1993's Blonder Tongue Audio Baton continued the band's foray into sonic experimentation. The addition of tape loops, found sounds, Moogs, Mellotrons, and white noise made the Swirlies' sound an interesting cross between lo-fi concrete music and shoegazing dream pop.
After the release of the Brokedick Car EP, the band experienced almost constant personnel shake-ups. This included an auxiliary bassist and the departures of Ben Drucker and Seana Carmody; Carmody formed her own band, Syrup USA. By 1995, only Tuntunjian and Bernick remained from the original lineup, joined by singer/guitarist Christina Files and drummer Anthony DeLuca. This lineup of the Swirlies recorded They Spent Their Wild Youthful Days in the Glittering World of the Salons, the band's second full-length album, which included more keyboards and drum machines in their sound but maintained a lo-fi aesthetic.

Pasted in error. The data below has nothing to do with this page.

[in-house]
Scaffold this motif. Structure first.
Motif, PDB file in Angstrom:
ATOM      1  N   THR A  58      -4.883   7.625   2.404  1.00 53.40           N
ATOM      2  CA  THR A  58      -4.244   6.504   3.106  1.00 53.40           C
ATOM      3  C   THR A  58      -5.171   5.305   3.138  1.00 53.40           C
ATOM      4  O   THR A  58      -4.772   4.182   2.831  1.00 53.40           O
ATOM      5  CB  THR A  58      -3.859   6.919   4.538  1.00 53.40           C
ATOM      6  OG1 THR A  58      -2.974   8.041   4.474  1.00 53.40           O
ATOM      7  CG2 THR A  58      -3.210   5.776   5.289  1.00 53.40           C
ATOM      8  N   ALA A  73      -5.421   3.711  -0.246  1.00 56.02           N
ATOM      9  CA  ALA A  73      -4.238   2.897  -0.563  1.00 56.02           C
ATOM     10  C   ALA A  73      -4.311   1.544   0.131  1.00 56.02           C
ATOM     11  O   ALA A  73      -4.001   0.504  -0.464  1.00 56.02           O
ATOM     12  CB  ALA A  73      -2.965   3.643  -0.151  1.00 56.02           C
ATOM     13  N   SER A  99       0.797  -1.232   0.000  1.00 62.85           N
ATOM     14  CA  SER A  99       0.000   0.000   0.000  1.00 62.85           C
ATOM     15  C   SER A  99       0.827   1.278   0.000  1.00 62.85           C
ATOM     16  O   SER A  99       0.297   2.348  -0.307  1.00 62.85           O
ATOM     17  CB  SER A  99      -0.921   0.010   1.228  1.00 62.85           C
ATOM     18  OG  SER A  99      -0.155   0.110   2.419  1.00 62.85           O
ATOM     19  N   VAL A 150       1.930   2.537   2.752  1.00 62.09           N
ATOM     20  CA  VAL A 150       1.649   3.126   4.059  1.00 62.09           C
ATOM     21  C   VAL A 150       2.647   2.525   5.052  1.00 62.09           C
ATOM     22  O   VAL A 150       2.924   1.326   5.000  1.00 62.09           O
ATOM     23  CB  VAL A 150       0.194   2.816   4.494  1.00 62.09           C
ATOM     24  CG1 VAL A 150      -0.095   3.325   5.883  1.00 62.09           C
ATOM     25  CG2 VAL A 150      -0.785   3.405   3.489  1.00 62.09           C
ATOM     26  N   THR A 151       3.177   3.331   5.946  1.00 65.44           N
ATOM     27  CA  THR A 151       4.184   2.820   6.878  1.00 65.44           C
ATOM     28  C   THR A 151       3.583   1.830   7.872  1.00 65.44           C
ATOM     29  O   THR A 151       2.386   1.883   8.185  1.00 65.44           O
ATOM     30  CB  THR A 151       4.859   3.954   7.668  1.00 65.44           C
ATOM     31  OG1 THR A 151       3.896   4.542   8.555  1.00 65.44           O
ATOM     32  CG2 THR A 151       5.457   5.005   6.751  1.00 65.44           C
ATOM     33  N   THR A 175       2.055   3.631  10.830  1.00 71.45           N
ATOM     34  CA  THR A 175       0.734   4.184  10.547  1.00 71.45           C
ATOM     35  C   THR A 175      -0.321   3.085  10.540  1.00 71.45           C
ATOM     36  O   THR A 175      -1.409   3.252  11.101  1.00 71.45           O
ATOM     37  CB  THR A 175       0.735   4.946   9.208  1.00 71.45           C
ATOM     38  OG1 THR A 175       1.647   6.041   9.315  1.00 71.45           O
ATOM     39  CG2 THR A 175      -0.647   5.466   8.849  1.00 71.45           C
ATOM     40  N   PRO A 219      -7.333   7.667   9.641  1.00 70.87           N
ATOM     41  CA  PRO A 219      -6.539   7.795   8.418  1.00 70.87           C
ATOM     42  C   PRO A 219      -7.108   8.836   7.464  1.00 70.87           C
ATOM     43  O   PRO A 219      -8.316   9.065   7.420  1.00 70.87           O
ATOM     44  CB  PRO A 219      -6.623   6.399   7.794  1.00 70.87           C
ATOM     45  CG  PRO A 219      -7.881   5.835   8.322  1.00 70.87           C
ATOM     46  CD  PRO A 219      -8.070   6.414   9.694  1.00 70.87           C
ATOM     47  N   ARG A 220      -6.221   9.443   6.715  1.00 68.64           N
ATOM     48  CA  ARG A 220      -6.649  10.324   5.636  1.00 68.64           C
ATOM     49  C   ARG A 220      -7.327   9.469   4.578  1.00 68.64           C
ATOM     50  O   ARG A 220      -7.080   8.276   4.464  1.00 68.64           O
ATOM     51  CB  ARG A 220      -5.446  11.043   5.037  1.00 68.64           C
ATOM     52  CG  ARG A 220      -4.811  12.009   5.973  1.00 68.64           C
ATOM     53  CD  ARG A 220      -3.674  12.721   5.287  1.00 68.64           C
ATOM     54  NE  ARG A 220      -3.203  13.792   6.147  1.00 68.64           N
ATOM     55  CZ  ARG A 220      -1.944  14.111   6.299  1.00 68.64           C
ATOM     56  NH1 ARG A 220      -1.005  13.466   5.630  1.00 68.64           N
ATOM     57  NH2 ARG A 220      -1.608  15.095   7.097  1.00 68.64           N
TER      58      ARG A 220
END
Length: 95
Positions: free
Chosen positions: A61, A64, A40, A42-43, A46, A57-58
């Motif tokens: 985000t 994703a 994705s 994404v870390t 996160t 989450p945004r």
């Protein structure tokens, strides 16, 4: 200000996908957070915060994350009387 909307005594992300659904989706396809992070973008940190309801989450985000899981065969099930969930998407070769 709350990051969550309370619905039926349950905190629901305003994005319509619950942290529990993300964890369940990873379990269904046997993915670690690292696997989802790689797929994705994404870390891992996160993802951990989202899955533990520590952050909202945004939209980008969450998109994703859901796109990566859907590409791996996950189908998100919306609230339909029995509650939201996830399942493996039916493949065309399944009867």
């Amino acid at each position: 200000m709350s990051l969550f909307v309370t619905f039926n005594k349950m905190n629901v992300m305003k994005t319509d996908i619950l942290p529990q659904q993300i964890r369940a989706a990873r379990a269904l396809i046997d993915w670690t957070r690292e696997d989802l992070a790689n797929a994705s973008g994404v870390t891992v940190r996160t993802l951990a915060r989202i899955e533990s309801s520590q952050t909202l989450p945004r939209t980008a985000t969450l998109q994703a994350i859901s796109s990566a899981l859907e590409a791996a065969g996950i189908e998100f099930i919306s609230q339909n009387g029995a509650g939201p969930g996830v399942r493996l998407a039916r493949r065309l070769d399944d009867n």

By spring 1996, DeLuca left the band and was temporarily replaced by Karate drummer Gavin McCarthy; however, by this time the Swirlies included a trigger drum kit in their equipment and also toured as an electronic trio. Later that year, the group found a permanent drummer in Adam Pierce, but Files left the Swirlies in 1997. The group continued as a guitar/electronic hybrid and released a remix album, Strictly East Coast Sneaky Flute Music, in 1998. That year also saw the band add another guitarist, Rob Laxo from the Wicked Farleys; the group lost distribution through a label that year, but started releasing cassettes as part of their Sneaky Flute Empire project. By 2000 the band was releasing CDs through this label/project, and issued The Yes Girls that year. The Swirlies continued to record and release singles for the next few years, collecting some of them, as well as new material, in 2003's mini-album Cats of the Wild, Vol. 2. The band also embarked on their first major US tour that summer, gigging with the Lilys. ~ Heather Phares